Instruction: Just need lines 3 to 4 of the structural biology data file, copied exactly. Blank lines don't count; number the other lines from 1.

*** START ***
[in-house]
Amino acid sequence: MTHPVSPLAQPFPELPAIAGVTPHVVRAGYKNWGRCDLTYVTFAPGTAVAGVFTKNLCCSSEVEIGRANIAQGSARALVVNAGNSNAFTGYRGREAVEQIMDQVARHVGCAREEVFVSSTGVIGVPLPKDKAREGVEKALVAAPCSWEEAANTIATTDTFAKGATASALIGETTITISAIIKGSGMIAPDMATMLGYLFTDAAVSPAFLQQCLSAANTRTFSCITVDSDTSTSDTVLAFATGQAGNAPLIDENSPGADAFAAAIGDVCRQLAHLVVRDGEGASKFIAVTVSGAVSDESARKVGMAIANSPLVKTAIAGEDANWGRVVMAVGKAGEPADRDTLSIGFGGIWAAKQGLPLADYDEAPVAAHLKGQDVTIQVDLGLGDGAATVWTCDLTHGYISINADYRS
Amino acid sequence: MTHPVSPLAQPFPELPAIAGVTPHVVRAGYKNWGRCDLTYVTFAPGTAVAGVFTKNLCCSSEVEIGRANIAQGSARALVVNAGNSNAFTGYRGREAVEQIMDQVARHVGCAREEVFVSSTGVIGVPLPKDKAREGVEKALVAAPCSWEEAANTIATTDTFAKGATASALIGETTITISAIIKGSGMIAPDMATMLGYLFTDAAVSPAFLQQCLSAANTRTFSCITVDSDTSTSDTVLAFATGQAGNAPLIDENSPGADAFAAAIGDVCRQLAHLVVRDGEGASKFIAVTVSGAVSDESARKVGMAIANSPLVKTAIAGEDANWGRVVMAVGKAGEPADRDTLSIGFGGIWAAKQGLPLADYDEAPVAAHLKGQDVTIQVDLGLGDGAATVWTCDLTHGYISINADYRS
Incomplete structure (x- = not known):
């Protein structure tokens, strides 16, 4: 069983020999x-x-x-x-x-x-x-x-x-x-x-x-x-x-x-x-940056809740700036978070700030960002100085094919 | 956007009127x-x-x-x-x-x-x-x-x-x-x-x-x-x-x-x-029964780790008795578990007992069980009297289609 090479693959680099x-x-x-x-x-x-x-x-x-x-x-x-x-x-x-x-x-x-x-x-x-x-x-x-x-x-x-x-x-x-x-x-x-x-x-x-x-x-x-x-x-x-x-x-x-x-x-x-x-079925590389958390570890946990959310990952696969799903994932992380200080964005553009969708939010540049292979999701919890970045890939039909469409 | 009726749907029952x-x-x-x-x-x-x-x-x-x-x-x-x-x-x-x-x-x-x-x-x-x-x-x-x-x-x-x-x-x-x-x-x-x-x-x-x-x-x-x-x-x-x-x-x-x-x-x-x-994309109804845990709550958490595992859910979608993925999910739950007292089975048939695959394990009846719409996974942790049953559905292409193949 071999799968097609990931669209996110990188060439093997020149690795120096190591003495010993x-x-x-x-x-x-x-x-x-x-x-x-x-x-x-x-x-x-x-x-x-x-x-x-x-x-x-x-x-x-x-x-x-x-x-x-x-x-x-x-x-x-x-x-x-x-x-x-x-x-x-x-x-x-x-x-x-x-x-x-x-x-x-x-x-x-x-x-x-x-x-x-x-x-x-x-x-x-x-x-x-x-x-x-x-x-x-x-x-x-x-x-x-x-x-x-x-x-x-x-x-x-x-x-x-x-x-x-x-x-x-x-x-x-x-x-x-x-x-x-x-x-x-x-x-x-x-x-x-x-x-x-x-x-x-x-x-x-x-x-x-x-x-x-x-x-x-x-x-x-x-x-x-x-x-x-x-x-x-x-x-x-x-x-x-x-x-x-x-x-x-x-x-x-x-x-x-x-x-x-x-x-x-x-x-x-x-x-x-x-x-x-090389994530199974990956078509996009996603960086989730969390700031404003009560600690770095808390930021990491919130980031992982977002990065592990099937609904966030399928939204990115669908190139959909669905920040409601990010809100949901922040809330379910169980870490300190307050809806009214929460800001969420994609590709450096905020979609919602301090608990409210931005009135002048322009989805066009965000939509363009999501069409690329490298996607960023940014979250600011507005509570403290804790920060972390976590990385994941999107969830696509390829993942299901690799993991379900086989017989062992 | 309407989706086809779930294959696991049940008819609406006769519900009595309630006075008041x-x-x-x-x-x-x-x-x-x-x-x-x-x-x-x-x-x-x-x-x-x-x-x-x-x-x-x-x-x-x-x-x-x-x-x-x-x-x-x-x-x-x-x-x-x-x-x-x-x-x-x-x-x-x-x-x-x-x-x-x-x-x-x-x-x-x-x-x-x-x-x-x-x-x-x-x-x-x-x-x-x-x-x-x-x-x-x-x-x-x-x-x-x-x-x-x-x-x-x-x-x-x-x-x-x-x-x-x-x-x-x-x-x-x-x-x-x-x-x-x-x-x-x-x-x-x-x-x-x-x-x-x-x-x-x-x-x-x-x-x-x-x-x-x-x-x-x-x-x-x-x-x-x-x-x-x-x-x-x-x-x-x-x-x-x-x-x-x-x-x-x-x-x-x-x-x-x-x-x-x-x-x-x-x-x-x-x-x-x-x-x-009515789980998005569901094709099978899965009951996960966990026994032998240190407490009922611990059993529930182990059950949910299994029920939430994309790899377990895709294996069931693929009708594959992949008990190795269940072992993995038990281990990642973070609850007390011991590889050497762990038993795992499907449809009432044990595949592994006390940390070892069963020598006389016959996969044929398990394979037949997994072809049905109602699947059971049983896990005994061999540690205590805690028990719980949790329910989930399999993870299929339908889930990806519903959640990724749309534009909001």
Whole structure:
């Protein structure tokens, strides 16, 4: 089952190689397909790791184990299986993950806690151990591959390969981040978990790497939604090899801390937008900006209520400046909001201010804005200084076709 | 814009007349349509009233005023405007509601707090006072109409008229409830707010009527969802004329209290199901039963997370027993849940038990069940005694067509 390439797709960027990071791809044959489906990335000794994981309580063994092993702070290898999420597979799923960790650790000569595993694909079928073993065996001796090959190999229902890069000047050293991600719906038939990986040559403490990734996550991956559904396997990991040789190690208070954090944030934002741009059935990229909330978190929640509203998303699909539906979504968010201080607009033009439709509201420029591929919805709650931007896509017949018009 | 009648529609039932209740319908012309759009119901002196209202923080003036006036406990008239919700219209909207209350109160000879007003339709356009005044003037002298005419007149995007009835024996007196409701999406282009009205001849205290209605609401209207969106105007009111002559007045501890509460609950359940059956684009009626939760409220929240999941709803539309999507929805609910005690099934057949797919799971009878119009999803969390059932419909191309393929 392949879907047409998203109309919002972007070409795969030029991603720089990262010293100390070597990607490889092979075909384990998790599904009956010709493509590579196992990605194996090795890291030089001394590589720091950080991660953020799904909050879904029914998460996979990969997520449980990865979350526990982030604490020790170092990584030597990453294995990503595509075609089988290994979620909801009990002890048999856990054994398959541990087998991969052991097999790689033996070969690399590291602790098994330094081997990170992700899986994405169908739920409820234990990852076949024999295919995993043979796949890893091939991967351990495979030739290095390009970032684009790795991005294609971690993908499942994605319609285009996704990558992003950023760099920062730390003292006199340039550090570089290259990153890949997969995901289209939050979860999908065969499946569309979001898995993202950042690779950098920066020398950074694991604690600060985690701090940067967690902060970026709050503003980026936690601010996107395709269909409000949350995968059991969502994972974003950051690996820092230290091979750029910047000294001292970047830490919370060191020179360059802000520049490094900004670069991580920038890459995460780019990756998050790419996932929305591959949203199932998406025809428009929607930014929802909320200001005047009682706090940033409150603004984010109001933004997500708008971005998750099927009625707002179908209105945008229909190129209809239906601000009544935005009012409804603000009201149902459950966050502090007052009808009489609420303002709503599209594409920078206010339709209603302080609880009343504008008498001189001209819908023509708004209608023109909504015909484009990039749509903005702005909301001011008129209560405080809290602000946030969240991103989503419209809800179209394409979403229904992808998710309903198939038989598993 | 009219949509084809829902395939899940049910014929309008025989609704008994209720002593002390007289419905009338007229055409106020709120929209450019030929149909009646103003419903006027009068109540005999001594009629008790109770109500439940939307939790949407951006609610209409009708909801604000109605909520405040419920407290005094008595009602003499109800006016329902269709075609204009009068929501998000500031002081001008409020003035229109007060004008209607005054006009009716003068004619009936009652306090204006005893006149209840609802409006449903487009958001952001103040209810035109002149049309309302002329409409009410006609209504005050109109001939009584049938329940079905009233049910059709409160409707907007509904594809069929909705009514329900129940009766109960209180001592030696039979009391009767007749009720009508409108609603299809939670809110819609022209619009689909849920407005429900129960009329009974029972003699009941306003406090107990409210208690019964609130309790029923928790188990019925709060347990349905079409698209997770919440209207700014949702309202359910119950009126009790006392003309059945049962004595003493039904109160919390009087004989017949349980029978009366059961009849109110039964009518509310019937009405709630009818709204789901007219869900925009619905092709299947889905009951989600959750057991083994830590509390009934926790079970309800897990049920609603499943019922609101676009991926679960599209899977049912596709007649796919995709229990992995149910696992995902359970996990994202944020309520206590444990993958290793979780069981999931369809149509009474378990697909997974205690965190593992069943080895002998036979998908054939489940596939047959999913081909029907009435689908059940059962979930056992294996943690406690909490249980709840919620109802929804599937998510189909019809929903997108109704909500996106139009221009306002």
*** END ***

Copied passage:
Amino acid sequence: MTHPVSPLAQPFPELPAIAGVTPHVVRAGYKNWGRCDLTYVTFAPGTAVAGVFTKNLCCSSEVEIGRANIAQGSARALVVNAGNSNAFTGYRGREAVEQIMDQVARHVGCAREEVFVSSTGVIGVPLPKDKAREGVEKALVAAPCSWEEAANTIATTDTFAKGATASALIGETTITISAIIKGSGMIAPDMATMLGYLFTDAAVSPAFLQQCLSAANTRTFSCITVDSDTSTSDTVLAFATGQAGNAPLIDENSPGADAFAAAIGDVCRQLAHLVVRDGEGASKFIAVTVSGAVSDESARKVGMAIANSPLVKTAIAGEDANWGRVVMAVGKAGEPADRDTLSIGFGGIWAAKQGLPLADYDEAPVAAHLKGQDVTIQVDLGLGDGAATVWTCDLTHGYISINADYRS
Incomplete structure (x- = not known):